Three ways to motivate employees to embrace AI service desks
There’s a lot of debate in enterprise service desk circles: What is “high-touch” customer service?
It used to be picking up the phone and calling the service desk to speak with an agent for personalized IT support. But what is “high-touch” about sitting in queue for 10 minutes, finally getting an agent who takes your info and reason you’re calling, only to say, “I can’t help,” and transfers you so the whole process starts over?
Maybe this was considered “high-touch” when it was the best technology could offer. But advances in technology, particularly the AI-powered service desk, have paved the way for shorter wait times, faster resolutions and clearer insights.
The next hurdle? IT managers just have to convince their users to use it.
Analytics, automation, cognitive
In the modern digital workplace, purpose-driven analytics, continuous automation and cognitive solutions have created a new standard for high-touch support.
AI and cognitive engines enable IT teams to:
- Quickly diagnose issues
- Proactively identify and mitigate issues
- Empower cognitive agents
- Provide self-service options
- Provide access to knowledge articles and, if all else fails, access to live agents
- Gather and analyze information for continual improvements
These tools exist in the here and now and can be implemented today. In fact, many have already been implemented and are basically sitting unused.
User adoption is always a challenge
I have the unique perspective of meeting with CIOs around the world. User adoption is always a challenge. A typical complaint might look like:
“Our vendor sold us on a solution. We spent a lot of money and time implementing and educating our employees about it, and no one uses it. We were promised efficiencies, we are not seeing them, and we are upset with our vendor.”
While it may or may not be a vendor issue, remember: vendors cannot make your employees do anything. That part’s up to you.
Over 18 years, I’ve studied this process, considered the best ways to drive new adoption and come up with three approaches: guided, directed and penalizing.
Let’s take a closer look at each.
Guided innovation adoption
If you’ve ever participated in a corporate change initiative, you know the ropes of a guided approach. This is the hand-holding option. In these cases, you see frequent communications detailing the new technology and why it’s good for both employees and the business. You also see a requested timeline for compliance, which factors in plenty of time for trial and error.
As my change management colleagues remind me, employees are most inspired to change when their needs for growth and meaning are met. The guided approach can work well when employees are involved in setting timelines and any feedback they provide is acknowledged and heard.
We know this approach can work, but its effectiveness is often limited. Some companies embrace new technologies and others not so much.
Here’s the conundrum: we’re not asking our employees to do anything at work that they’re not doing at home. We learn to use new technology often in our personal lives.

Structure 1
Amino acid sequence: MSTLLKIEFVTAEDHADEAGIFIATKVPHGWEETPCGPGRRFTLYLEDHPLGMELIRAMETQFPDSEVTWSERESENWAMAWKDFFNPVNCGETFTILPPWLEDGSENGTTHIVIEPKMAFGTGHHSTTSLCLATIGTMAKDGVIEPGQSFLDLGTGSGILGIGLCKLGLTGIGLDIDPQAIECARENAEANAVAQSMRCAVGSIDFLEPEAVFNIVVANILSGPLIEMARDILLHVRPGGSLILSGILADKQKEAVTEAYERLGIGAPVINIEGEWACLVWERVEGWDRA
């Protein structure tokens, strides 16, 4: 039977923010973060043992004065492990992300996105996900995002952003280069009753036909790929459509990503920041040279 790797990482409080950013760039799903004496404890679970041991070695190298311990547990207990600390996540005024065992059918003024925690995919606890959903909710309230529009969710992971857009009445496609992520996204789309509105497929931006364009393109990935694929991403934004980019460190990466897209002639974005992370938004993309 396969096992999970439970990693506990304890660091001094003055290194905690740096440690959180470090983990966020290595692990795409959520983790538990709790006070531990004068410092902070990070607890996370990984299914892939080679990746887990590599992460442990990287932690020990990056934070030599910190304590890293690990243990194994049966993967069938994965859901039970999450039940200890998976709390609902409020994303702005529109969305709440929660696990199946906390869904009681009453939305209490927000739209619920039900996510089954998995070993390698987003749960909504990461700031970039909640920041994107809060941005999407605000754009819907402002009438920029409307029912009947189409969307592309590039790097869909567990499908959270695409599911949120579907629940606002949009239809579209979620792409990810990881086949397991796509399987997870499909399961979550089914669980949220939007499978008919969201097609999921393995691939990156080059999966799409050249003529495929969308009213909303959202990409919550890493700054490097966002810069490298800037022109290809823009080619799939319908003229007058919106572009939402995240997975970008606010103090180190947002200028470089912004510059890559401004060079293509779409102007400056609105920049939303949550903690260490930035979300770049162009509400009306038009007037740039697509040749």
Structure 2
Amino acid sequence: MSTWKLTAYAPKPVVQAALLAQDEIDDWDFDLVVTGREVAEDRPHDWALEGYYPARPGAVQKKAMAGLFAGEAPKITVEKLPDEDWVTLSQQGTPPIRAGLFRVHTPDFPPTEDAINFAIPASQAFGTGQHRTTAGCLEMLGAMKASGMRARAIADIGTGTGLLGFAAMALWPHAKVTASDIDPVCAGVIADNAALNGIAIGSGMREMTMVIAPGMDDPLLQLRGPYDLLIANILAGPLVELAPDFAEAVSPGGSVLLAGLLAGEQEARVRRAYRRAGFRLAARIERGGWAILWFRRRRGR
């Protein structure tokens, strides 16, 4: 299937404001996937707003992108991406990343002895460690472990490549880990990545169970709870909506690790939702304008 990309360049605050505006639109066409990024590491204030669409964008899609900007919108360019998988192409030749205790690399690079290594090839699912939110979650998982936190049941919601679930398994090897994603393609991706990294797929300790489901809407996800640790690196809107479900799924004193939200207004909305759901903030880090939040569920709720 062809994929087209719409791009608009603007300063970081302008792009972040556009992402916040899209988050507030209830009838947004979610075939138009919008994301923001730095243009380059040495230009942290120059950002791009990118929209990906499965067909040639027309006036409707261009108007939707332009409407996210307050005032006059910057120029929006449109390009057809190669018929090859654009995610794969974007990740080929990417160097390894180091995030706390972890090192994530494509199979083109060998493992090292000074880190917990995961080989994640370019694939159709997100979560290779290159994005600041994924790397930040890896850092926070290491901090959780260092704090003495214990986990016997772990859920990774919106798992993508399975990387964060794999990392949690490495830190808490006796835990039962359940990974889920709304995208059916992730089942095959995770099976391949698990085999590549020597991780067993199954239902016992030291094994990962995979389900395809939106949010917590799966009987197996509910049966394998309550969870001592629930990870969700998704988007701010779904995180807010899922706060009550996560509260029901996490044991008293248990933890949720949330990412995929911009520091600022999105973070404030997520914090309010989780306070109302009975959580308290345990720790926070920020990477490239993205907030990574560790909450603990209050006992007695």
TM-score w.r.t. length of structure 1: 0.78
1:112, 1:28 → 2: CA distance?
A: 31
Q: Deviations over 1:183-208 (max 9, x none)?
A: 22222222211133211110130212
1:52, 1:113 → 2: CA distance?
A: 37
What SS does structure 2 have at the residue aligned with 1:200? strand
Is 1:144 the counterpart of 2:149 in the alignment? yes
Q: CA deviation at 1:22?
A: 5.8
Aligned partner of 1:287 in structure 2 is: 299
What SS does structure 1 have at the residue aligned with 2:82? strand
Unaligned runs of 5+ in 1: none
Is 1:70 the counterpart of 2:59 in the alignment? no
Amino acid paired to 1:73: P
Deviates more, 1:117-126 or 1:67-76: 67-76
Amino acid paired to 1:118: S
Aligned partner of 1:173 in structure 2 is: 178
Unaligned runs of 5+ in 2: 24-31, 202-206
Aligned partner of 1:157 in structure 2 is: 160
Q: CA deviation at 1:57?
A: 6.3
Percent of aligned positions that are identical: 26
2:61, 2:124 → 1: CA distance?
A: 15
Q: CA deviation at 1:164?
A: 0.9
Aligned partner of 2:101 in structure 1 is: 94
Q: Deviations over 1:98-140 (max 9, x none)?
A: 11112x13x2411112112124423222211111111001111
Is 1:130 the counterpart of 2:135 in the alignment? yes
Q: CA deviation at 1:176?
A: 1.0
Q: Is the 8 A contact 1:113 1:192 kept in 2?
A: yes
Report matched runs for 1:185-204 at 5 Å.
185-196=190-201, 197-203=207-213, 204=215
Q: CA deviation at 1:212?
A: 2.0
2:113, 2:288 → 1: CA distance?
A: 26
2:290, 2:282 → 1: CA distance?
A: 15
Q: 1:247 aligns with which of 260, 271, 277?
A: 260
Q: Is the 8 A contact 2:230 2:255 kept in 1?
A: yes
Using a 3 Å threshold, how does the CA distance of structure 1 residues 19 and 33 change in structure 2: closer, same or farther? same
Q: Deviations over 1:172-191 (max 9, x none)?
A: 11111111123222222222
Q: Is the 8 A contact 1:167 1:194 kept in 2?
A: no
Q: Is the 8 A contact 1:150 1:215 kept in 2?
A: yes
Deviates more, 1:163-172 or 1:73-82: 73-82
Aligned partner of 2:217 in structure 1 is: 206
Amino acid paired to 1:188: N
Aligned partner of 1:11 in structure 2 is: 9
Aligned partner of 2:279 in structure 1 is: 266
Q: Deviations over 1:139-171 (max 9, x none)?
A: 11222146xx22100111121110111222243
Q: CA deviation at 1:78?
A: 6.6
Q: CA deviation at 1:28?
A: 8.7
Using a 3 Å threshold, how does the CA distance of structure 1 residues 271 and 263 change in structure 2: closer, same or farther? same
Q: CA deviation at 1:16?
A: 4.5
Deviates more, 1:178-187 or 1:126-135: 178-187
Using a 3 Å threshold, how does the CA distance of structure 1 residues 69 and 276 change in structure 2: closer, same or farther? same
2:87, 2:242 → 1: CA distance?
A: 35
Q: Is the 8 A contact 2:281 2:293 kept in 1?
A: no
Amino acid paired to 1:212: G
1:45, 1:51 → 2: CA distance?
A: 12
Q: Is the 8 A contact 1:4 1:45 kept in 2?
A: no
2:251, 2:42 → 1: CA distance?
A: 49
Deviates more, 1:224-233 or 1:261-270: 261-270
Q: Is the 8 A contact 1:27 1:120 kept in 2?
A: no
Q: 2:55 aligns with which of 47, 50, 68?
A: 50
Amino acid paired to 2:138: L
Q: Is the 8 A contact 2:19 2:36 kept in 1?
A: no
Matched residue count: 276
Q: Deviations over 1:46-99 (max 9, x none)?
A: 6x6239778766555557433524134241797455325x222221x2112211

Think of it this way…
Who do you call when you have an issue with iTunes? Who taught you how to use Uber? Who taught you how to update your cell phone to the latest software release? Who showed you how to set up an online account and order from an online catalogue?
Answer: no one! (Well… maybe your kids.)
As users of consumer technology, we’ve already learned to be self-reliant and figure things out for ourselves.
So, how do we get users to adopt new technology when the guided approach fails?
Directed innovation adoption
In this approach, we start with an information campaign describing the new technology and its benefits. We follow that with mandatory training. Next, we provide a date at which calling the service desk for help is no longer an option. They must use the technology.
In the directed model, we’re removing the option of the previous type of support and directing them to the new application to resolve issues. Of course, there will always be escalations for more complex issues. But for Level 1 support, the new tool is how we resolve issues.
Does the directed model work? Yes. At my company, we once moved more than 400,000 end users from calling the service desk for password reset support to an automated tool. It has worked at many other companies, too.
Penalize for not adopting
This approach makes the most sense after first trying the guided and/or directed approaches. Here, we are penalizing employees or business units if they don’t adopt the new technology. For example, if an employee still call the service desk after the mandatory compliance date, their business unit gets billed for support desk time.
Why? Because the financial investment in an automated, cognitive service isn’t trivial. Given such an investment, employees who continue with the status quo after a mandatory compliance date are draining the organization.
My company polled attendees at a recent conference featuring cognitive service desk technology. More than 80 percent of poll participants said they’re either “willing” or “totally willing” to embrace AI-powered tools at work. And more than 70 percent said they’d want the agent to help with IT support.
As more and more companies adopt digital workplace technology, they’re seeing the promise of high-touch IT support is better fulfilled with an AI-powered service desk. That tells me the standard for “high-touch” is changing — and so should organizations’ approach to implementing new technology.